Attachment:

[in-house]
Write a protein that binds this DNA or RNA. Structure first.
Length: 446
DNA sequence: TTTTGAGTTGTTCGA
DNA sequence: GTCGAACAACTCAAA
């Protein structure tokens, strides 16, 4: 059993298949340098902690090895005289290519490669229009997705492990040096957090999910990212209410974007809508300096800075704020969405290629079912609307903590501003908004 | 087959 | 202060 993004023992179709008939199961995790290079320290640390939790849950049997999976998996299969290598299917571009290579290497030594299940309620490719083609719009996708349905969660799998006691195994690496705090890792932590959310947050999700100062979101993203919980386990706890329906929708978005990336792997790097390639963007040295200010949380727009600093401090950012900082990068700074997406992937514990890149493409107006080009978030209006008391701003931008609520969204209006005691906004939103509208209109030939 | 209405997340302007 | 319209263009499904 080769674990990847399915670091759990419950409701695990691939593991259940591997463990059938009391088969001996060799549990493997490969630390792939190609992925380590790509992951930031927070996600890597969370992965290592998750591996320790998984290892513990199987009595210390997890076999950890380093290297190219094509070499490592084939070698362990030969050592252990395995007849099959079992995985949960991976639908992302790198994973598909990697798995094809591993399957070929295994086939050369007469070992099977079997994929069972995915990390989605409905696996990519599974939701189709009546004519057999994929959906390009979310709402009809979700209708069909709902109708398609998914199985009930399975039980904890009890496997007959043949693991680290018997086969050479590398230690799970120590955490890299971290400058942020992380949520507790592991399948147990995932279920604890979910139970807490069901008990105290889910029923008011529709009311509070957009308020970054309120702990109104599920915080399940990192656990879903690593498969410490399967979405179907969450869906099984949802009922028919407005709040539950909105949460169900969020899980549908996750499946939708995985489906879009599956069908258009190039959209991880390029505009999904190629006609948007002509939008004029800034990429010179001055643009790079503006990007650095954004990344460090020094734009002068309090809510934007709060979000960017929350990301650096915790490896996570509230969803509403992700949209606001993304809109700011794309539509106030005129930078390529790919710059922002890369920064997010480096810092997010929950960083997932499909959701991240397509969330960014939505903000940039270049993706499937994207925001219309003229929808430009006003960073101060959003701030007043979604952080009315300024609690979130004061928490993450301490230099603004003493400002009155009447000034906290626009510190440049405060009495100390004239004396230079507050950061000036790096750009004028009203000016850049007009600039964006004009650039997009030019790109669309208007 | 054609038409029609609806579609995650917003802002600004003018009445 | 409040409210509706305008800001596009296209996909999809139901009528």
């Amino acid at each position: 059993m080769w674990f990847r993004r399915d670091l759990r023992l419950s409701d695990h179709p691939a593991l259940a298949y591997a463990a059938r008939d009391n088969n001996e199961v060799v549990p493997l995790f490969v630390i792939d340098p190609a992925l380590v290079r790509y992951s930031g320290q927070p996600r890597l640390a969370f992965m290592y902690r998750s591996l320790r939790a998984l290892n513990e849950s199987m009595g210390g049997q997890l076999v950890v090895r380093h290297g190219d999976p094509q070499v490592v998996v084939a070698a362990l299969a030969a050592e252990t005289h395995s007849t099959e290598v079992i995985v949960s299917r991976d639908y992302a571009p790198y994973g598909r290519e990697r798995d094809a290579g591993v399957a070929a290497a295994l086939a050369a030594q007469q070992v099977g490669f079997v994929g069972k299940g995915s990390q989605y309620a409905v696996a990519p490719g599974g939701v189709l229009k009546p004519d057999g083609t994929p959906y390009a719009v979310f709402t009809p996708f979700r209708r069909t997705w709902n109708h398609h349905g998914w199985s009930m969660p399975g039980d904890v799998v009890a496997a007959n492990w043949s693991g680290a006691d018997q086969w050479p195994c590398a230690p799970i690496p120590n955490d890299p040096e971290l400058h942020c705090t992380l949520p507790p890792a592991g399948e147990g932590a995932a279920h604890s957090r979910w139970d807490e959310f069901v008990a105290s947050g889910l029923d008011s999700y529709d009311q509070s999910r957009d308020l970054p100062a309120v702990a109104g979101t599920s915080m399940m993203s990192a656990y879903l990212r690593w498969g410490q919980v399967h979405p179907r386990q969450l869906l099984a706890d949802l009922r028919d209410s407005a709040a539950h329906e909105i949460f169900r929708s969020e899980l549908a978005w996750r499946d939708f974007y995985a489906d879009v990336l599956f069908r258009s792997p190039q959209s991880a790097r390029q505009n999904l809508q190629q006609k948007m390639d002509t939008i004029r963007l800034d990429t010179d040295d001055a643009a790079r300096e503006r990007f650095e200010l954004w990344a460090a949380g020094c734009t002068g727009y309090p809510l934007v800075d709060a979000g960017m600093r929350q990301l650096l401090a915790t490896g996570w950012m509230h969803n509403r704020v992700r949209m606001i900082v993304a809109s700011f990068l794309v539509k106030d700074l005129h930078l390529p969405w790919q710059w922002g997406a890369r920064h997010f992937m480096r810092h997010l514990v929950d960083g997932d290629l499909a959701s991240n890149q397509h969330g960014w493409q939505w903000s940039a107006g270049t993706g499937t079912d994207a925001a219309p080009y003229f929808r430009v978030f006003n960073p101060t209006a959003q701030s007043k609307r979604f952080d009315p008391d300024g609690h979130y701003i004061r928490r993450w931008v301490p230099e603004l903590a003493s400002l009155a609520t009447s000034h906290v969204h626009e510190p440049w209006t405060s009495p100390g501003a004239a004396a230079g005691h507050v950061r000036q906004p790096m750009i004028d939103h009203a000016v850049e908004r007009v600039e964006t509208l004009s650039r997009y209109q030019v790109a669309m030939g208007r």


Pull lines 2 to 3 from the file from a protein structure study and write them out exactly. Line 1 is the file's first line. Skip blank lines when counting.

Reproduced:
Write a protein that binds this DNA or RNA. Structure first.
Length: 446